Nearly half of Taiwan's major foreign worker employers poorly manage their foreign staff, a survey conducted by the Cabinet-level Council of Labor Affairs (勞委會) has found.
The labor affairs council conducted the poll of 228 manufacturing and construction companies which are employers of at least 100 foreign workers between mid-September and the end of October, finding that five of the surveyed companies were already closed and 110 companies had violated the current laws governing foreign laborers and related affairs in Taiwan. The rest, or 113 companies, have not violated any laws.
The labor council conducted the poll in the wake of a Thai worker riot at a dormitory at a Kaohsiung MRT construction site in August - a riot which was considered by political observers as one of the major reasons for the ruling Democratic Progressive Party to suffer a humiliating defeat in the December 3 "three-in-one" local government elections.
It was found in the poll that 54 percent of the major foreign worker employing companies have not maintained efficient and sufficient bilingual signs at their factories or offices - their fire-fighting equipment and escape exits have signs only in Chinese.
More than 30 percent of the respondent companies maintained filthy living quarters and inadequate public places for the foreign laborers and 20 percent of the respondents had tiny rooms for the foreign workers and their water pumps were not cleaned regularly.
The poll also found that many of the surveyed companies have employed unqualified labor managers and some companies didn't even have any labor management regulations.
After the Kaohsiung Thai worker riot, the labor council authorities promised to revamp the country's foreign labor policy and amend the current foreign labor law to help improve working conditions for the migrant workers - roughly 320,000 of them, mostly from Thailand, the Philippines, Indonesia and Vietnam.
A Council of Labor Affairs ad hoc group has submitted an 11-point proposal recently on this effort. Main points of the proposal include that the employer is subject to jail terms if the freedom, life or property of the foreign laborers working at his company are threatened or impaired.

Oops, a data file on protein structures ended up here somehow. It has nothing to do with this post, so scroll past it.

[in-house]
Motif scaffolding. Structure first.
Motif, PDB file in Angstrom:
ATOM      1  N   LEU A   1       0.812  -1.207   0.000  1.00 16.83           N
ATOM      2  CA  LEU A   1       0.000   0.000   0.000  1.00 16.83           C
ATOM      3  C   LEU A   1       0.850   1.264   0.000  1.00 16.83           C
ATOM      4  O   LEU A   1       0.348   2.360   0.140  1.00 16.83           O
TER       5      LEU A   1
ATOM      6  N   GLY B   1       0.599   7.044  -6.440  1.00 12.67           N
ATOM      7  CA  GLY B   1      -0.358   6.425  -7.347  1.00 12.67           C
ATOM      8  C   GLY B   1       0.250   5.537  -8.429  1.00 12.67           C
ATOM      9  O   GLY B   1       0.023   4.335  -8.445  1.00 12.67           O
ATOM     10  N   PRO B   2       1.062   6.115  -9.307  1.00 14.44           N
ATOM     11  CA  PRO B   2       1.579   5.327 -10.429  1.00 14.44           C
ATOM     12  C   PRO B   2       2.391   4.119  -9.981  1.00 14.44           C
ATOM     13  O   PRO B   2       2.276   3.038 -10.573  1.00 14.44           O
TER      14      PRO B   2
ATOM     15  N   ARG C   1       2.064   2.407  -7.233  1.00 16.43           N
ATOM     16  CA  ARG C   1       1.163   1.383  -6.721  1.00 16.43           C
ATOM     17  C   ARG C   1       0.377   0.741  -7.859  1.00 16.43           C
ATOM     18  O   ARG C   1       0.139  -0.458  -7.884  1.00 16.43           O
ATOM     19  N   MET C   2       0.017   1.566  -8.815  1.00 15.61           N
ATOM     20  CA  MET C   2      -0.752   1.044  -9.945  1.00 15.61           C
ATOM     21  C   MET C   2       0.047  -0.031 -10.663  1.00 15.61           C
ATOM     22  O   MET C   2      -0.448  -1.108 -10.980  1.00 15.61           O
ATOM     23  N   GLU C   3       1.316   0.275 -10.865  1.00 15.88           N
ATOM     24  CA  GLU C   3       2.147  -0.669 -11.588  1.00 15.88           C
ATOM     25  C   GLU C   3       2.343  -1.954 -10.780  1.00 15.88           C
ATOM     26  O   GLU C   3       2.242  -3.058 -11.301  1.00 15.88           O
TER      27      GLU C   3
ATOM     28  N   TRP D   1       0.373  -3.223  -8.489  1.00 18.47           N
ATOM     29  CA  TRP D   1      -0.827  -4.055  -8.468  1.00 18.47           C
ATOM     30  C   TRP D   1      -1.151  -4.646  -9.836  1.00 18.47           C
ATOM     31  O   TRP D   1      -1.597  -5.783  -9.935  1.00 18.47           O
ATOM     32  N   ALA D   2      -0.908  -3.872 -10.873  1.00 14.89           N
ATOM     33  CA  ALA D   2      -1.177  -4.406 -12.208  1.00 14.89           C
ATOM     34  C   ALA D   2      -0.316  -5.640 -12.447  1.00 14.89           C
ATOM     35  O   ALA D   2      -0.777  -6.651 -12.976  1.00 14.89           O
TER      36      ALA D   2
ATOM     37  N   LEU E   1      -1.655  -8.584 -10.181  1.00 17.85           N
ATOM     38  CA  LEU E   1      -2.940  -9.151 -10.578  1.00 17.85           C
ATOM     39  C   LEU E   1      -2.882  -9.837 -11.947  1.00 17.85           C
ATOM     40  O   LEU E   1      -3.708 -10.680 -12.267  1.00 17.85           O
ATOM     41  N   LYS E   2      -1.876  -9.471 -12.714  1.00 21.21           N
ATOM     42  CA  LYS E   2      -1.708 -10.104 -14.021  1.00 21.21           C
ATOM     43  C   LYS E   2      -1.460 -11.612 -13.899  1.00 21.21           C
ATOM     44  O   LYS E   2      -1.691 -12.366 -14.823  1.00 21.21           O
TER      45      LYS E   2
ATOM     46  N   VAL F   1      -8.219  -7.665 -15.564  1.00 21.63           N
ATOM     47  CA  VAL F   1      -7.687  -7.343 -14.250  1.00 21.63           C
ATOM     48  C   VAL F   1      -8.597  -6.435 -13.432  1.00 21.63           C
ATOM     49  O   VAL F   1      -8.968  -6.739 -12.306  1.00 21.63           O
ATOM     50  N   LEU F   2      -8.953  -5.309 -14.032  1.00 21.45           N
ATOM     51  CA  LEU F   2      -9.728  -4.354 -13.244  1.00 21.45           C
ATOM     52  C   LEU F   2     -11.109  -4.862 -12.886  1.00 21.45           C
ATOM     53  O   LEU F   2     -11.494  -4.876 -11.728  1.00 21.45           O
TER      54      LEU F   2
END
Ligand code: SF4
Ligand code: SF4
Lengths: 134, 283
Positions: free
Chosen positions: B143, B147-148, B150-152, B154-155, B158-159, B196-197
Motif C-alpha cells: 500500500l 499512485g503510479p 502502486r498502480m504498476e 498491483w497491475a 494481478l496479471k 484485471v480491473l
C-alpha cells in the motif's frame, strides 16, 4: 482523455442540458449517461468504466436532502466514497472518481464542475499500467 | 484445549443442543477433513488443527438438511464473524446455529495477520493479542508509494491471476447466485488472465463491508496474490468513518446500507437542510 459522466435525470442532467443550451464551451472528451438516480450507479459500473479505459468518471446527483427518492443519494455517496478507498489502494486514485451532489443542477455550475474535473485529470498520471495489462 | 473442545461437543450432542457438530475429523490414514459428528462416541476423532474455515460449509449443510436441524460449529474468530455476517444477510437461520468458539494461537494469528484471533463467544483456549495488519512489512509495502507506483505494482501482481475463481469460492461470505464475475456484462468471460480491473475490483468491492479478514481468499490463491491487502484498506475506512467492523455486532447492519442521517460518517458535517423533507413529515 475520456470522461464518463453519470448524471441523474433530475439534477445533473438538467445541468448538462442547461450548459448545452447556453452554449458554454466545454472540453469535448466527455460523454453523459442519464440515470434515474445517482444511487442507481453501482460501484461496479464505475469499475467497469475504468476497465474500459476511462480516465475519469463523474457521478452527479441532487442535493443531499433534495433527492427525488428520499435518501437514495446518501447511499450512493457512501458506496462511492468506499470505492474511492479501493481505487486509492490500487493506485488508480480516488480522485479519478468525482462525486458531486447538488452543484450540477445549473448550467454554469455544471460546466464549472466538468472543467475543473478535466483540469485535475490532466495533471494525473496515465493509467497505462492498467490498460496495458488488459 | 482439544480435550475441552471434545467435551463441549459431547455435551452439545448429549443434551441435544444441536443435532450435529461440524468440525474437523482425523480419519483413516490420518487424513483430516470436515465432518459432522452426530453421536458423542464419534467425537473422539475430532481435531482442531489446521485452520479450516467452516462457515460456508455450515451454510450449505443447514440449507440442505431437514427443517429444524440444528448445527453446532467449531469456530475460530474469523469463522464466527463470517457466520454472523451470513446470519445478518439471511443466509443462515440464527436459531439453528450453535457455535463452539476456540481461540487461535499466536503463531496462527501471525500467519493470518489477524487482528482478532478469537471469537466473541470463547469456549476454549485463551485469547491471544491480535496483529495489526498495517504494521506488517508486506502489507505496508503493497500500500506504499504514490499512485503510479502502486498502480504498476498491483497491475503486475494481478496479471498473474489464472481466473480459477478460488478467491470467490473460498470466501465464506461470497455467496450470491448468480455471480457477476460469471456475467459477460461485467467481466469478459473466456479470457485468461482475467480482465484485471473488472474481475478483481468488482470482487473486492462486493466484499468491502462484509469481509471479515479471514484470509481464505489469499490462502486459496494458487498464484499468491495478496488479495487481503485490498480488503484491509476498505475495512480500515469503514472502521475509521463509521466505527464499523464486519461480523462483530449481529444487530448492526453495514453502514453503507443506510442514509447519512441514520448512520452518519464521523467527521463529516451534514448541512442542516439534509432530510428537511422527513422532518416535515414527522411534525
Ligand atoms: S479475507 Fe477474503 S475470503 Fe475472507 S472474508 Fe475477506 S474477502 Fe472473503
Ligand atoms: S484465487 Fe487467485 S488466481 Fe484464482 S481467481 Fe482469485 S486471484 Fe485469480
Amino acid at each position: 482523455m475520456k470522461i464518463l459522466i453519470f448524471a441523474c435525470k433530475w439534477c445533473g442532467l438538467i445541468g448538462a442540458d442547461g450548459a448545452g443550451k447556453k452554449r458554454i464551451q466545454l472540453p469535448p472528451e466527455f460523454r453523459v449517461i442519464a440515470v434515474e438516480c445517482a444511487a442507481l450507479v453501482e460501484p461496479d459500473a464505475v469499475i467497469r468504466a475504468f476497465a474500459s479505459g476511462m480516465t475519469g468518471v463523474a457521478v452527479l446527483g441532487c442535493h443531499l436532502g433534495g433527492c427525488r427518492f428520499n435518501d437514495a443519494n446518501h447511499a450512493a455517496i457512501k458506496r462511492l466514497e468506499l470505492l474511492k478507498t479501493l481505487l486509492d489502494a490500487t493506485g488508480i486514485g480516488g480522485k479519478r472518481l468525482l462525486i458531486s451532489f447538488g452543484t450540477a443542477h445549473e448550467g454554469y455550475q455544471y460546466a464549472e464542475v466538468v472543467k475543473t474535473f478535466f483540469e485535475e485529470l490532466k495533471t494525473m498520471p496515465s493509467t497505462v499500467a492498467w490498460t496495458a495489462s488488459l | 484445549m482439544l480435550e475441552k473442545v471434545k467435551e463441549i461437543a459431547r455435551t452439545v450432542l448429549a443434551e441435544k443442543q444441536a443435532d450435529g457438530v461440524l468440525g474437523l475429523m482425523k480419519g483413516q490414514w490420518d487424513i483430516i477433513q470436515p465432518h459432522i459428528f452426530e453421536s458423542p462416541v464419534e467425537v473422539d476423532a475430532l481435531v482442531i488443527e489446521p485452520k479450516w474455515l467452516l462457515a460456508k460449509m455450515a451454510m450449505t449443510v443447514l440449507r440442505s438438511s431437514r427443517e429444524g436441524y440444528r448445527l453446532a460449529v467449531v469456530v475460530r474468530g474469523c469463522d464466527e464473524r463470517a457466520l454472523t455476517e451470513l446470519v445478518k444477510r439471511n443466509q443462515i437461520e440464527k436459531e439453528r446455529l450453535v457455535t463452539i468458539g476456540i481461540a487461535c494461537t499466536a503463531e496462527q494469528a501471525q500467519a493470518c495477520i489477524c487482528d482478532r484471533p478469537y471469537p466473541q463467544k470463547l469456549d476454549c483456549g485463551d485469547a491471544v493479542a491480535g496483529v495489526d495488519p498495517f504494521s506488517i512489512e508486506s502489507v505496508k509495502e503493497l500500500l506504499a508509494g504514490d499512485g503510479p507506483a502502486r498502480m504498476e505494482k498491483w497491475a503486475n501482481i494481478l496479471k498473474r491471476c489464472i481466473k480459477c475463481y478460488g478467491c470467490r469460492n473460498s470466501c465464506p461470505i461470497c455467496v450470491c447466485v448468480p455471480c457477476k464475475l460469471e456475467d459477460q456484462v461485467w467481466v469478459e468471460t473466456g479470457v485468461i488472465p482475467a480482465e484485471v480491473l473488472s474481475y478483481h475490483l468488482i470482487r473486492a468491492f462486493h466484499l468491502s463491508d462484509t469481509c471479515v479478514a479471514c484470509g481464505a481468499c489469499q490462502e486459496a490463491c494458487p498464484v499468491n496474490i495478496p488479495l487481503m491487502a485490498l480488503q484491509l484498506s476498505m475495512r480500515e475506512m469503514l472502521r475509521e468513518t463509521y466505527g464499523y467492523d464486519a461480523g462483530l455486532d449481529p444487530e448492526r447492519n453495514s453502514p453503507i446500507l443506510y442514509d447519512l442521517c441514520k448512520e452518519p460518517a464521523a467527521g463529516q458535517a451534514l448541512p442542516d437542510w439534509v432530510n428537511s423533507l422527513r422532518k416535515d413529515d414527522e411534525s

The potential foreign worker employer should submit a copy of the company's foreign labor management regulations to the local government for approval prior to hiring any foreign worker and the local government authorities should conduct on-the-spot investigations before granting the approval, according to the proposal.
The current broker system will be revamped too and there will be a mechanism to judge which foreign labor brokers should be sacked or retained based on assessment reports, the proposal says.
The labor affairs community, however, has different opinions about the council's moves aimed at amending the foreign labor law.
However, Chen Su-hsiang, chairwoman of the Taiwan International Workers Association, is doubtful about the labor council's revamp plans, saying that the government is only applying a stopgap measure and a piecemeal solution to a major issue.
Chen added that the government should not treat foreign labor affairs from the angle of "management." Rather, she said, the government should improve Taiwan's foreign workers' policy from the perspective of the foreign workers' needs and rights.
Professor Cheng Chih-yueh from National Cheng Chi University said that regulations or laws are supposed to be enacted to serve a nation's policy. If regulations or laws are legislated without considering national policies, these laws will run parallel with the intent of the nation's overall wishes.